Cloud News & Insights

Big Data Touches Us All

Two professional analyzing a graph

In this series of articles, I have often spoken about ‘big data’ and how it is revolutionizing many aspects of our life. There are ethical issues with the management of big data and I discussed this in an earlier post. But let me relate another story.

Back in 2009 much of the world was reeling under the impact of the H1N1 virus. This particular outbreak was so violent and the spread was so fast that it was already being compared to the Spanish Flu outbreak of 1918. The 1918 episode had infected nearly half a billion people and was responsible for the death of millions. The H1N1 outbreak was thought to be similar.

To be able to control H1N1, governments first had to know the regions which were the worst affected. Even in today’s world with the best electronic communications, there was a problem. Typically when people were first infected, they suffered from body ache, a mild fever, a headache and related symptoms. These symptoms could occur due to a hundred different reasons – including a hangover. Many would take an aspirin and hope they would be better the next day. Only after a couple of days would they consult a doctor – once again a correct diagnosis – even with a qualified doctor – would take some time. In fact, the detection of H1N1 cases was lagging behind infection by nearly a week.

Information about a positive test for H1N1 in the US was to be sent to the Center for Disease Control and Prevention (CDC) where a regional map was created and teams and resources were moved to the areas worst affected. However, as the discussion so far shows, there was an inherent delay of one to two weeks in updating charts.

The battle against H1N1 was being lost in spite of the most modern tools and medicines.

A few months prior to the outbreak, engineers had written a scientific paper that had discussed a scenario very similar to the H1N1 outbreak. Researchers had shown that they could predict the occurrence of the common flu in an area merely by analyzing Internet search patterns. Using a very large number of search records (typical big data) and correlating with the actual progress of the H1N1 virus, they were able to determine that if a region was seeing a high prevalence of 45 specific keyword searches (possibly terms like body ache, fever, sneezing, headache, etc), then there was a serious possibility that H1N1 was active in that area. This was before the disease/virus was detected medically.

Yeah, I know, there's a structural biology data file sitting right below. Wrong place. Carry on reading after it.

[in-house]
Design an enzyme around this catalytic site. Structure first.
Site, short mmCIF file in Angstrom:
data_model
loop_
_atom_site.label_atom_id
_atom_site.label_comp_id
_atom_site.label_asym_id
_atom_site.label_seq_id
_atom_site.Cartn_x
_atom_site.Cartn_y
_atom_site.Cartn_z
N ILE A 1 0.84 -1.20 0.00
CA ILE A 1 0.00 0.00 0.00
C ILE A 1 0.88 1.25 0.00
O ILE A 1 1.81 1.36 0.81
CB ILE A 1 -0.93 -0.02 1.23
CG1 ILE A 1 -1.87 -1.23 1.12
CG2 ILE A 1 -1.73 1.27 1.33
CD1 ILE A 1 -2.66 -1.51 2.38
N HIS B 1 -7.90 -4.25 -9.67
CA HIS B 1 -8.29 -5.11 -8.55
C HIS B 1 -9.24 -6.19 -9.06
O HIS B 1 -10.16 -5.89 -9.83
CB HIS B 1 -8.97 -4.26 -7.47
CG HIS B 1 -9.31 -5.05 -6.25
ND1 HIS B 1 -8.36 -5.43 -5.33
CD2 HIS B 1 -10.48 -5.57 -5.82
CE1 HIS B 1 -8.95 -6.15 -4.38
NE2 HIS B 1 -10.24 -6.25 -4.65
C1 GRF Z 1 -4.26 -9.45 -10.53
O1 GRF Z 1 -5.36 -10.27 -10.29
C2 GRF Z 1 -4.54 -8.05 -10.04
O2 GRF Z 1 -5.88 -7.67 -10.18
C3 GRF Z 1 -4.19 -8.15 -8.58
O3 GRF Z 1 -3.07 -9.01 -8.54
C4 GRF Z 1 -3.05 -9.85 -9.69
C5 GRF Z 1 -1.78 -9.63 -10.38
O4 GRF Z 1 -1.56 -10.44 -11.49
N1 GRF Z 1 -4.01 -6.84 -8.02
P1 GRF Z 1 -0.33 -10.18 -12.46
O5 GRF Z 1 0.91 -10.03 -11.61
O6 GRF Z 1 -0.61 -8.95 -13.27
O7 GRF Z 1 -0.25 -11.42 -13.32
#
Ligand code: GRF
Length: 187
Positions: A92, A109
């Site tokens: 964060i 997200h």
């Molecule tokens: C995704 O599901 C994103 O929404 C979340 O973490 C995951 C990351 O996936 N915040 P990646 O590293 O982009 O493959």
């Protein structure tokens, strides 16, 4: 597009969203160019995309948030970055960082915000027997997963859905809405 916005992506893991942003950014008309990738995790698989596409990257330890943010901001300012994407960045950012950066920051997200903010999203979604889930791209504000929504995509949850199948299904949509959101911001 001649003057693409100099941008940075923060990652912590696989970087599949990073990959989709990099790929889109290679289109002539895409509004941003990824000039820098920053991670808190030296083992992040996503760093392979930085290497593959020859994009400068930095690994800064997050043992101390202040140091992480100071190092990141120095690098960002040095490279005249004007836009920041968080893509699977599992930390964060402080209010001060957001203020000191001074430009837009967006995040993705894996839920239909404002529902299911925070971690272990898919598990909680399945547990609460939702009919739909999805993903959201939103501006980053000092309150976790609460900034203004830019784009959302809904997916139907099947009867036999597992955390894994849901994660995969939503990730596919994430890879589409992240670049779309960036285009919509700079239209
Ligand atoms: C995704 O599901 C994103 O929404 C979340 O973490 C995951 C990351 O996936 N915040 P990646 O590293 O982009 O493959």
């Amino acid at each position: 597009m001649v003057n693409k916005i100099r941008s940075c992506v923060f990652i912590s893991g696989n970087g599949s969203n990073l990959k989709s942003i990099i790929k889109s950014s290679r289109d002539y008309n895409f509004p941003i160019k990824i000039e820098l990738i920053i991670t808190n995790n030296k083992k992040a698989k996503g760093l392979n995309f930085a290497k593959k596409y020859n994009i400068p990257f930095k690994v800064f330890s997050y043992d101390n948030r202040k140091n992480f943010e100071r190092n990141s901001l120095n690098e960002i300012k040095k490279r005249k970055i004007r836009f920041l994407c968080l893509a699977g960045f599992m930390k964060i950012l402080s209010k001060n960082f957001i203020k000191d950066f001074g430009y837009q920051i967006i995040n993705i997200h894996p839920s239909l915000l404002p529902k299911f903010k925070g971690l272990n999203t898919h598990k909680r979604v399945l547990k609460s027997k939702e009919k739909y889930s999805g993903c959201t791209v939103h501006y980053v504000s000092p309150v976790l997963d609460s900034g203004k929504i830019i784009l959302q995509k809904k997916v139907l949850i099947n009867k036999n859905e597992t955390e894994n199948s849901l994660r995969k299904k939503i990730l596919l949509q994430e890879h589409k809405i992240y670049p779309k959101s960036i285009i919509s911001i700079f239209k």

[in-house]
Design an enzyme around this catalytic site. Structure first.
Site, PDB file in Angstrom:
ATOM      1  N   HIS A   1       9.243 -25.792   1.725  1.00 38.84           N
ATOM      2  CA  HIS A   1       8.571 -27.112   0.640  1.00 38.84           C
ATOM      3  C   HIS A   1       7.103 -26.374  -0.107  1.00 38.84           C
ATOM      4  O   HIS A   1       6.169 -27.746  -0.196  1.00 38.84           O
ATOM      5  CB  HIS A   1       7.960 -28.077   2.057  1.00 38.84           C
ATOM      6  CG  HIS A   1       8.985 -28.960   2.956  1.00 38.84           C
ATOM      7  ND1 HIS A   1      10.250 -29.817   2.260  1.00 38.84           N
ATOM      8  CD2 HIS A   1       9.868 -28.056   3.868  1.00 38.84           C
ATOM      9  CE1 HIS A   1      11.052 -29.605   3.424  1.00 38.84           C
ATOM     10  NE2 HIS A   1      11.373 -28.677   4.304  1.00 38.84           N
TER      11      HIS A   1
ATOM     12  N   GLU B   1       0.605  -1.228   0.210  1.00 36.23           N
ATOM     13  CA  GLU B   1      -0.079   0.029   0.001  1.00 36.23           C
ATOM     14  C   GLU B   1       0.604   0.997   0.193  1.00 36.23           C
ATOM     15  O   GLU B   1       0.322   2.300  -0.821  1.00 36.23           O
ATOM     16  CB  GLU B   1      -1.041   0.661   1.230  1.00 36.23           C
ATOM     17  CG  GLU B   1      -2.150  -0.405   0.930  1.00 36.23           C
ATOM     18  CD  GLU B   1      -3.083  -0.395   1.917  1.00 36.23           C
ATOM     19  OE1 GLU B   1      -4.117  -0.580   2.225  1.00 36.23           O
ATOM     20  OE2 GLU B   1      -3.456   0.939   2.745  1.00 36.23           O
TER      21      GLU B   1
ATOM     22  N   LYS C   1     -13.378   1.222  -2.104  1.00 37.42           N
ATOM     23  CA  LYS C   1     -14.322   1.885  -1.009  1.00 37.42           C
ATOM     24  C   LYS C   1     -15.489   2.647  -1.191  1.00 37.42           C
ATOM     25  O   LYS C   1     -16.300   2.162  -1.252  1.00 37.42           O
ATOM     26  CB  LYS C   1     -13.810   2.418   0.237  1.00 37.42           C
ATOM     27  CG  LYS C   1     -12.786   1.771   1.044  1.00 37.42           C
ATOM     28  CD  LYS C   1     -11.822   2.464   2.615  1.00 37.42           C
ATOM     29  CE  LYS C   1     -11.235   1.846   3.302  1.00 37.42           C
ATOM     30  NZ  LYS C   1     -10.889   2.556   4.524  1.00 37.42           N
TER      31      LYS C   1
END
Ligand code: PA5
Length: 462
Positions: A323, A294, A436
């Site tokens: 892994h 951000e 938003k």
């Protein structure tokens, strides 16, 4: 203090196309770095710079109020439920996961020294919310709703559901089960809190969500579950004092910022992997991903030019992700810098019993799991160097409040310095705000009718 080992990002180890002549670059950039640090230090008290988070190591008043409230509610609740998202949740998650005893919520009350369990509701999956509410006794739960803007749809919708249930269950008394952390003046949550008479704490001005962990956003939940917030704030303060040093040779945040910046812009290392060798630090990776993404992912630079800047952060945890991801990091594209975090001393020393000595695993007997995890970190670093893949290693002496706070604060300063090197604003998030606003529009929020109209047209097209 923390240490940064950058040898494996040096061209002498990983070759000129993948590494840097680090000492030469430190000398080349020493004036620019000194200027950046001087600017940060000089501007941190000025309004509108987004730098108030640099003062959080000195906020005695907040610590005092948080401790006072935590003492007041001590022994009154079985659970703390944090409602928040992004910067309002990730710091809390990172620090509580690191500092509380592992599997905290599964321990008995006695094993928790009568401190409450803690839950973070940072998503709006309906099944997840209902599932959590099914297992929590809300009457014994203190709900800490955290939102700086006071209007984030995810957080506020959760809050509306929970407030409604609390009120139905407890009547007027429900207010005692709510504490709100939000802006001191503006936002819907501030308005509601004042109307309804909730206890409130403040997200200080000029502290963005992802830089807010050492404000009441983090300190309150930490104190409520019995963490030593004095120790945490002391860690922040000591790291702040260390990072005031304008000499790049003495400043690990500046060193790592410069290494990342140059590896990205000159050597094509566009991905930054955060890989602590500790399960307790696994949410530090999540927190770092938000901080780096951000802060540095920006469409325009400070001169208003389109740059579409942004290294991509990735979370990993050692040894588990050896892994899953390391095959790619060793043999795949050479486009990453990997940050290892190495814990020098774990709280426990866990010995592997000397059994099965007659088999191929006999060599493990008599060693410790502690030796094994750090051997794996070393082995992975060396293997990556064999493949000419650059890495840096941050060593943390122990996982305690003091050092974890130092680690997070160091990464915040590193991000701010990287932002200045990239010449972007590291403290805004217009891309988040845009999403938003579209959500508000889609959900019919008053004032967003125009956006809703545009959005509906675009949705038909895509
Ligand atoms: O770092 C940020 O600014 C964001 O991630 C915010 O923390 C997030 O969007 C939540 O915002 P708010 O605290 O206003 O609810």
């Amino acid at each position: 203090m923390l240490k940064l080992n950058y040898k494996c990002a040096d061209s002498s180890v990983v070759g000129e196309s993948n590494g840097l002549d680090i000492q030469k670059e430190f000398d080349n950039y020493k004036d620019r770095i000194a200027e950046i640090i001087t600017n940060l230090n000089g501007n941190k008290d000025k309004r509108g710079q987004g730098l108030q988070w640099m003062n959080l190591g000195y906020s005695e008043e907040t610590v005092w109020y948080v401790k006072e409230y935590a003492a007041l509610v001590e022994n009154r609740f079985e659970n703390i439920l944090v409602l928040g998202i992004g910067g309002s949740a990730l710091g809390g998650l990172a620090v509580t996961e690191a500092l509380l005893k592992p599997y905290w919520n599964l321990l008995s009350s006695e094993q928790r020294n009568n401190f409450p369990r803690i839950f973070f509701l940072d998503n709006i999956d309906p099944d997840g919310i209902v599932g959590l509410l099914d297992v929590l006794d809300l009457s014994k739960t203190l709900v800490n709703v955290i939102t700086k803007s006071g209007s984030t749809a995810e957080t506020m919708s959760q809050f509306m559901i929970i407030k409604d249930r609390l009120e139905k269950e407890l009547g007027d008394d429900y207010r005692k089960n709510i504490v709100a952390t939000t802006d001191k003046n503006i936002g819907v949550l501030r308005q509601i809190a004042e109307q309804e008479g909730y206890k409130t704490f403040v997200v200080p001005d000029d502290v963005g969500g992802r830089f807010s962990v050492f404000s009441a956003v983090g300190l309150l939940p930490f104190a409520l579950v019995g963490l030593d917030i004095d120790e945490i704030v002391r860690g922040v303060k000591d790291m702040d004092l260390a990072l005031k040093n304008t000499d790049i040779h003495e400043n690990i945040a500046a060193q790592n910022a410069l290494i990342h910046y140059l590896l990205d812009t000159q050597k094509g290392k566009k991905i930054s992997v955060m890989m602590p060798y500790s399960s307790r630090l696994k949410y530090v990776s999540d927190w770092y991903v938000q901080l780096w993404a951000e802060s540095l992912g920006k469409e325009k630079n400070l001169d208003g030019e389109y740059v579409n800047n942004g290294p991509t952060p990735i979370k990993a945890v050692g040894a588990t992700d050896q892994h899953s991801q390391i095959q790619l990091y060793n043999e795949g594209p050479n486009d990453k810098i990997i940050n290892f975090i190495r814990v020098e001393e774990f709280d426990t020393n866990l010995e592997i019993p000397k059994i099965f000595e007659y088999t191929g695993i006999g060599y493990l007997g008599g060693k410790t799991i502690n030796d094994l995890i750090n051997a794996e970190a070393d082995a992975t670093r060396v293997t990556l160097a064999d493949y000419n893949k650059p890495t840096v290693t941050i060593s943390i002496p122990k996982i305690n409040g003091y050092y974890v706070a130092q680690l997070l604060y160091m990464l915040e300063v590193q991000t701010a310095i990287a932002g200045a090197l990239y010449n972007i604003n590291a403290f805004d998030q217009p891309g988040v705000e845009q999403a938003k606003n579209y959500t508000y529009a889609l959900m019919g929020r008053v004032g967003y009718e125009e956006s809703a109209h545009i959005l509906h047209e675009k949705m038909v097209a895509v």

The ability to analyze big data is possessed by cloud technology where a reliable infrastructure needs to be in place [1].

Using this analysis, researchers were able to finally get medical teams to sites that were affected by H1N1 before doctors had begun to detect the virus. And that is how the tide was turned in the fight against the virus.

Graph predicting H1N1 Virus spread

This is not just a story. It really happened. And since the public was involved and the information was not classified, we know of the situation and how it was controlled. I am sure that there are thousands of other such stories as well – possibly not so well known – where big data is making a huge impact on our lives and we are simply not aware of it. I am not talking about how Wal-Mart is improving efficiencies or how Target is finding out if you are pregnant (apologies to male readers).

Such collection and analysis of big data would not have been possible without cloud computing. High quality, established cloud data centers have a big role to play in efforts like this one.

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About the Guest Author:

Sanjay SrivastavaSanjay Srivastava has been active in computing infrastructure and has participated in major projects on cloud computing, networking, VoIP and in creation of applications running over distributed databases. Due to a military background, his focus has always been on stability and availability of infrastructure. Sanjay was the Director of Information Technology in a major enterprise and managed the transition from legacy software to fully networked operations using private cloud infrastructure.  He now writes extensively on cloud computing and networking and is about to move to his farm in Central India where he plans to use cloud computing and modern technology to improve the lives of rural folk in India.

  1. To give you an illustration on how this works, check out more information on high availability system configuration.  ↩

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